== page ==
The number of deals are on-par with the transactions announced in Q2 2019 and 2018 and include three "mega merger" deals.
Healthcare merger and acquisition (M&A) activity has increased, bringing the number of deals back up to pre-pandemic levels, according to the newest Kaufman Hall M&A Quarterly Activity Report.
From April through the end of June 2023, there were 20 hospital and health system M&A transactions announced, making this the highest number of transactions announced since Q1 2020.
The number of deals is "on par" with the 19 transactions announced in Q2 2019 and the 21 transactions announced in Q2 2018. It's also an increase from the 15 transactions announced during Q1, 2023.
Of the 20 announced transactions during the past quarter, the acquiring or larger party in the deals included:
- 8 nonprofit health systems
- 4 investor-owned health systems
- 2 religiously affiliated organizations
- 4 academic/university-affiliated organizations
- 1 governmental organization
- 1 academic organization partnering with multiple nonprofit organizations
The total transacted revenue is also in line with pre-pandemic activity levels. During Q2, the average size of the smaller party by annual revenue remained elevated, Kaufman Hall says. The average size of the seller or smaller party, measured by annual revenues, was at $664 million. This is down from the record-breaking year-end average of $852 million in 2022.
This data slightly dilutes the impact of three "mega mergers" that were announced during the quarter. These "mega mergers" include entities in which the seller or smaller party has an annual revenue of more than $1 billion.
Milwaukee-based Froedtert Health and Neenah-based ThedaCare announced on April 11 that the systems signed a letter of intent to combine the systems. Following the merger, the 10-hospital Froedtert system in the southeast and the 8-hospital ThedaCare system in the northeast of the state plan to operate under their established brands and names.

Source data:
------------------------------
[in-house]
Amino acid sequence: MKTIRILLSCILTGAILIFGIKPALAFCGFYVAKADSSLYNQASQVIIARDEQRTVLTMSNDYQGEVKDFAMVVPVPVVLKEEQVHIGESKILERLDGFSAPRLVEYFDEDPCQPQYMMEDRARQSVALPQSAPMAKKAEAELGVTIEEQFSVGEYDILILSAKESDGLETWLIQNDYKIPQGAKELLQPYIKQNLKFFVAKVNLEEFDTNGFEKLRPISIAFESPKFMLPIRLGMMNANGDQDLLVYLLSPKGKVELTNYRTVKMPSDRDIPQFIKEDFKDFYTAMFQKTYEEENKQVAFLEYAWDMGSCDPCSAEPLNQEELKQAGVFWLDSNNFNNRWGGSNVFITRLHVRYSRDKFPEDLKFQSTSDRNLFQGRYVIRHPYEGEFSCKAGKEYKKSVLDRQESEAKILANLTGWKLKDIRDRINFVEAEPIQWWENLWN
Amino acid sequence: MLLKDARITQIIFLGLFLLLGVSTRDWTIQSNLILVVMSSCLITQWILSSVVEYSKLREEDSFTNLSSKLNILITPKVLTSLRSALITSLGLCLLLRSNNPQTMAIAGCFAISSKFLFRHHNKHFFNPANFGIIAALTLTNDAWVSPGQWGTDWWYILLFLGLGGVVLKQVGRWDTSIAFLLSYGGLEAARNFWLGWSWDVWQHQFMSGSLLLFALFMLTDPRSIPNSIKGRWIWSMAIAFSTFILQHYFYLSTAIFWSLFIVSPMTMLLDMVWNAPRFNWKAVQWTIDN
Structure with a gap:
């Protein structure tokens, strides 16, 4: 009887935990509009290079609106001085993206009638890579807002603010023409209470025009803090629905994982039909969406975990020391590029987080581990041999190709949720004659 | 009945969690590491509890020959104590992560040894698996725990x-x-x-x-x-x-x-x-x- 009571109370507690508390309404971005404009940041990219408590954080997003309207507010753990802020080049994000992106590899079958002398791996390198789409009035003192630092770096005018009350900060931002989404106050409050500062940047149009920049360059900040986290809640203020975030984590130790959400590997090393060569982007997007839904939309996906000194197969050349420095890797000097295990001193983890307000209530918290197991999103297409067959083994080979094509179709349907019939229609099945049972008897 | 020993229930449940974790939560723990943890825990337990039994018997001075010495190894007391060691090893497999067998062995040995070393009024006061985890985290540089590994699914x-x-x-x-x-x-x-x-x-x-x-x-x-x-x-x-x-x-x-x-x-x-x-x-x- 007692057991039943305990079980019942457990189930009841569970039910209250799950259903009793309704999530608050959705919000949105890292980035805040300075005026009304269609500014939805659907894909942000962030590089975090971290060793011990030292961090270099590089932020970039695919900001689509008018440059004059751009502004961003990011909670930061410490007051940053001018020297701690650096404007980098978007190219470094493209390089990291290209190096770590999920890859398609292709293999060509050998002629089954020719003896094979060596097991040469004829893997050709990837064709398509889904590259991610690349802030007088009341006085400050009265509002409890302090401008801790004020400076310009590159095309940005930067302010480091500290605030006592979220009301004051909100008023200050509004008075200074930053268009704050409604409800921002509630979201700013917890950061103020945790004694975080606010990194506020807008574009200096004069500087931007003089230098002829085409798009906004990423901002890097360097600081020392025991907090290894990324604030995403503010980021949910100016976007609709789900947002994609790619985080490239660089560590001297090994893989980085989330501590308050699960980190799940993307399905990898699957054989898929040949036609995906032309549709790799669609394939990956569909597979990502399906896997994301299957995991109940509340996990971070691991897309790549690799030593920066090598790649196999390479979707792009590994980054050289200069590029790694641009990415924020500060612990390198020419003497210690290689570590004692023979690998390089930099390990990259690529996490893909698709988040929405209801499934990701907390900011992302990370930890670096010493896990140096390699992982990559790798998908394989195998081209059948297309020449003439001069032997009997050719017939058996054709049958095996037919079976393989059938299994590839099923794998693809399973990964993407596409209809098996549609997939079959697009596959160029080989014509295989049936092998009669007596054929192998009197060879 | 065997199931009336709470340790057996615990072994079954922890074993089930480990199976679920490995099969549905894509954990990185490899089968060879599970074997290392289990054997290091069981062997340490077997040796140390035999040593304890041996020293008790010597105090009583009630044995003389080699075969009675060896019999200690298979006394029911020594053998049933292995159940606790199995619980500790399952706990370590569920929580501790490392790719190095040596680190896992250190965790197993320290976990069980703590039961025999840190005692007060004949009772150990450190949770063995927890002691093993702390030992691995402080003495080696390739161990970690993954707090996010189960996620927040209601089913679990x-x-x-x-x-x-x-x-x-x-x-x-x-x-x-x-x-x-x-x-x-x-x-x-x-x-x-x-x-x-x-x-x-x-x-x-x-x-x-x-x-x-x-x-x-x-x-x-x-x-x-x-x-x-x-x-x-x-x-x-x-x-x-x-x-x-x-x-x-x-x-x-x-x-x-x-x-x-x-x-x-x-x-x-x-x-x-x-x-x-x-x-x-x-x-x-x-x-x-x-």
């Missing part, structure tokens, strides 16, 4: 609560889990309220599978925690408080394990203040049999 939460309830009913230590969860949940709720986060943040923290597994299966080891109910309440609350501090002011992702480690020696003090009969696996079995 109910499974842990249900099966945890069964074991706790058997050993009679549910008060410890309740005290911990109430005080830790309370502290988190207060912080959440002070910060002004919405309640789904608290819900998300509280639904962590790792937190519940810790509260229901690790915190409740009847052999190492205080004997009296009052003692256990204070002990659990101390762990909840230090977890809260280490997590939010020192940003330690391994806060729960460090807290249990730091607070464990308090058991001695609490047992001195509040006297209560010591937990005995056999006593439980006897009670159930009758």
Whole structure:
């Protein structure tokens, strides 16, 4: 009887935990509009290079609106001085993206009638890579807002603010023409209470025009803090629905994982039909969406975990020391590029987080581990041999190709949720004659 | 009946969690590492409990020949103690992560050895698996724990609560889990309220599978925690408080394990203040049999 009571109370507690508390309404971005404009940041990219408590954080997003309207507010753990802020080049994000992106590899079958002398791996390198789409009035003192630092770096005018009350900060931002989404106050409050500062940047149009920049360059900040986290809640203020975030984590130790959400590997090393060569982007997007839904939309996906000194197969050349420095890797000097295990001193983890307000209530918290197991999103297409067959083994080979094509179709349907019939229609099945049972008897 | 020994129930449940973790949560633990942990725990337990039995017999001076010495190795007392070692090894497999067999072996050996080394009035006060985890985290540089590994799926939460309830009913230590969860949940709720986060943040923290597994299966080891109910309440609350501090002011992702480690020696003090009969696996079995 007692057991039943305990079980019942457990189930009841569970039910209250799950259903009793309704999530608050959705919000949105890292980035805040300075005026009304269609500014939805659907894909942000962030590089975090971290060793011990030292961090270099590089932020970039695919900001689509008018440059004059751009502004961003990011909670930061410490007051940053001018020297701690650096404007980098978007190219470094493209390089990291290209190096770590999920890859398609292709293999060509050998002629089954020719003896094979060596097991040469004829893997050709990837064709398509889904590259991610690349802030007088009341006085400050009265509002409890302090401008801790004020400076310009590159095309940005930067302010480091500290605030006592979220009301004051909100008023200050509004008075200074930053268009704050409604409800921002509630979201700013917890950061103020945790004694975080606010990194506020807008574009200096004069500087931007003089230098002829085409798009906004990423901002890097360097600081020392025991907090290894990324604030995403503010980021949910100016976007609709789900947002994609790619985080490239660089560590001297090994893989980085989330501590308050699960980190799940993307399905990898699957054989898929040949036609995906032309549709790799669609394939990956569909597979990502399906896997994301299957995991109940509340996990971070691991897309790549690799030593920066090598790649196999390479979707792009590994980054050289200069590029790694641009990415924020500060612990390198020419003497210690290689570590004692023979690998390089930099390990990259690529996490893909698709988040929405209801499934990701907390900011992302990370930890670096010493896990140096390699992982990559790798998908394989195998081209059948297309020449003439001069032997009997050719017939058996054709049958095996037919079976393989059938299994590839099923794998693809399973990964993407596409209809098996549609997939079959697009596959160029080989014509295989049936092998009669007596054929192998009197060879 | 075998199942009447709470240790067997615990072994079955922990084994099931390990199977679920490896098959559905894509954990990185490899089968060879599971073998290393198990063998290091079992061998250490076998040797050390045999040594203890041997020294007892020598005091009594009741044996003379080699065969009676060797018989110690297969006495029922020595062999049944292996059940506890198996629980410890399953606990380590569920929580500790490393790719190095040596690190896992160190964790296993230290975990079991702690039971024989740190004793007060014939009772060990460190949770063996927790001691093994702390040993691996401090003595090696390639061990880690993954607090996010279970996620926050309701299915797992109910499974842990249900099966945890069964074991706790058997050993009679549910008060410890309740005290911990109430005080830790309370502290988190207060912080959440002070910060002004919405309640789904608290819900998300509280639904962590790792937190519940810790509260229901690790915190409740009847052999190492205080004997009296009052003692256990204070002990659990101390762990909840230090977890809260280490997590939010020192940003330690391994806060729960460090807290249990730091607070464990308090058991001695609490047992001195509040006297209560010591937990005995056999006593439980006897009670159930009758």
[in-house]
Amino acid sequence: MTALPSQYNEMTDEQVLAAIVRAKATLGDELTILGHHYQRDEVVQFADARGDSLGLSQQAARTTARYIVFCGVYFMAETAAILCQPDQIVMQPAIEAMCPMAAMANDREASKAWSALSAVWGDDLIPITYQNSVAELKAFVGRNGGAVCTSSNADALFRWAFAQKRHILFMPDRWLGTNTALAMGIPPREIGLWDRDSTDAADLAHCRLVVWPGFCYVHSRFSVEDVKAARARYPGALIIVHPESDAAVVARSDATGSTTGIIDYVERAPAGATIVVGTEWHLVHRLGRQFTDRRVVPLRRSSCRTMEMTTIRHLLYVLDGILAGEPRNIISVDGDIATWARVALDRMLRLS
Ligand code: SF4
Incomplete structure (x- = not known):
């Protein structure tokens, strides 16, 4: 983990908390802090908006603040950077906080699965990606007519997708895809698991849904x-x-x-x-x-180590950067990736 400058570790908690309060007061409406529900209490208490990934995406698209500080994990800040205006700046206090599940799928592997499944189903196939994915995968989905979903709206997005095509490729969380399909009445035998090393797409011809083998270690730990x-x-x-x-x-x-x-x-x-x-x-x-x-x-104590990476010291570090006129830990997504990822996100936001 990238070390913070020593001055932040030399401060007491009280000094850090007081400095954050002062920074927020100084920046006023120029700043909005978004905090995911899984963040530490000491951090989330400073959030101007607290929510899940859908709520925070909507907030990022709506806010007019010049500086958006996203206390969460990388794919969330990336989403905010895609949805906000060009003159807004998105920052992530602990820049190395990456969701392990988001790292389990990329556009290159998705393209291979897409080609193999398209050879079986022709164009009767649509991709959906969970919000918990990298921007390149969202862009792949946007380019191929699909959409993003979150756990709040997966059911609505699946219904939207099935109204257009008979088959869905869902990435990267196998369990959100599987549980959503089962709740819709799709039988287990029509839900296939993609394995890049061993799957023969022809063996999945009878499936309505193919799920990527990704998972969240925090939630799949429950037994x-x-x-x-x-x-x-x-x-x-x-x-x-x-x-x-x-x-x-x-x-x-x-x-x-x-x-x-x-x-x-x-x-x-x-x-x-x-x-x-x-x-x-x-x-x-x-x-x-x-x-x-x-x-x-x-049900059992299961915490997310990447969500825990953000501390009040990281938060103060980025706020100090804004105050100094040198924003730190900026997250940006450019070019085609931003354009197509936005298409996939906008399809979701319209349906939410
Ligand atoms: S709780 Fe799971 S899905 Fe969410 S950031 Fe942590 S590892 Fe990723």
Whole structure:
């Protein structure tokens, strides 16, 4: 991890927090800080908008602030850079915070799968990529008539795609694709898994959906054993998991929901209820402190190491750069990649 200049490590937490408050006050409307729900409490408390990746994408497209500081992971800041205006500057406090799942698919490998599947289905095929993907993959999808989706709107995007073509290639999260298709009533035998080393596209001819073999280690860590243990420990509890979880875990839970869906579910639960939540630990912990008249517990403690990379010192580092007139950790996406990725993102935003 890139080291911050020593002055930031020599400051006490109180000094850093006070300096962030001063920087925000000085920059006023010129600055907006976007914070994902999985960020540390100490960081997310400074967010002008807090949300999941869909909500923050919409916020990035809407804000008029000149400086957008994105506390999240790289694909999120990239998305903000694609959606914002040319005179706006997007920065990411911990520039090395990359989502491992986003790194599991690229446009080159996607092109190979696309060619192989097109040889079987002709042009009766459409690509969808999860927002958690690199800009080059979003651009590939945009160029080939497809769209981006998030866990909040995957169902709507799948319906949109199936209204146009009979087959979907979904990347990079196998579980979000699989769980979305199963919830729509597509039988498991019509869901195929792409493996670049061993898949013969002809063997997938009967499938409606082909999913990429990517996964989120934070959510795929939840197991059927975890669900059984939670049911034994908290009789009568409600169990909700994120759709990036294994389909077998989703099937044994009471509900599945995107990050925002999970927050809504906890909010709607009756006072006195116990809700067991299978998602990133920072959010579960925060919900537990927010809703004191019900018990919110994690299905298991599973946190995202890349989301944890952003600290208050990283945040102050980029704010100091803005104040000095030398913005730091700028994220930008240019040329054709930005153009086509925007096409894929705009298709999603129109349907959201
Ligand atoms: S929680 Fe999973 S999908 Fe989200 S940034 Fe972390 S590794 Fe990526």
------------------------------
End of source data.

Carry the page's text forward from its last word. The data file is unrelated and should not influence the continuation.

Megasystem Kaiser Permanente and Pennyslvania's Geisinger Health announced on April 26 plans to merge, with Geisinger to become the first hospital under KP's newly created but separate, value-based care affiliate, Risant Health. According to the deal, Geisinger will keep its name and mission and will continue to work with other health plans, employed physicians, and independent providers. At the same time, Geisinger will tap Risant's value-based platform to maximize practices in care model design, pharmacy, consumer digital engagement, health plan product development, and purchasing.
BJC HealthCare of St. Louis and Saint Luke's Health System of Kansas City signed a letter of intent on May 31 to explore a merger that would create the largest health system in Missouri. The systems are based in Missouri's two biggest cities, with headquarters located about 250 miles apart. The 28 hospitals and scores of clinical venues created by the consolidated system, if approved by state and federal regulators, would serve "two distinct geographic markets," the systems say.
"As capabilities become an increasingly compelling factor in partnerships and mergers, hospitals and health systems should focus on developing unique capabilities that would make them a strong partner, whether or not they are currently seeking a partnership," the report concludes. "This strategy will help organizations differentiate themselves within an increasingly competitive healthcare market and enhance their options as that market continues to evolve."
Melanie Blackman is a contributing editor for strategy, marketing, and human resources at HealthLeaders, an HCPro brand.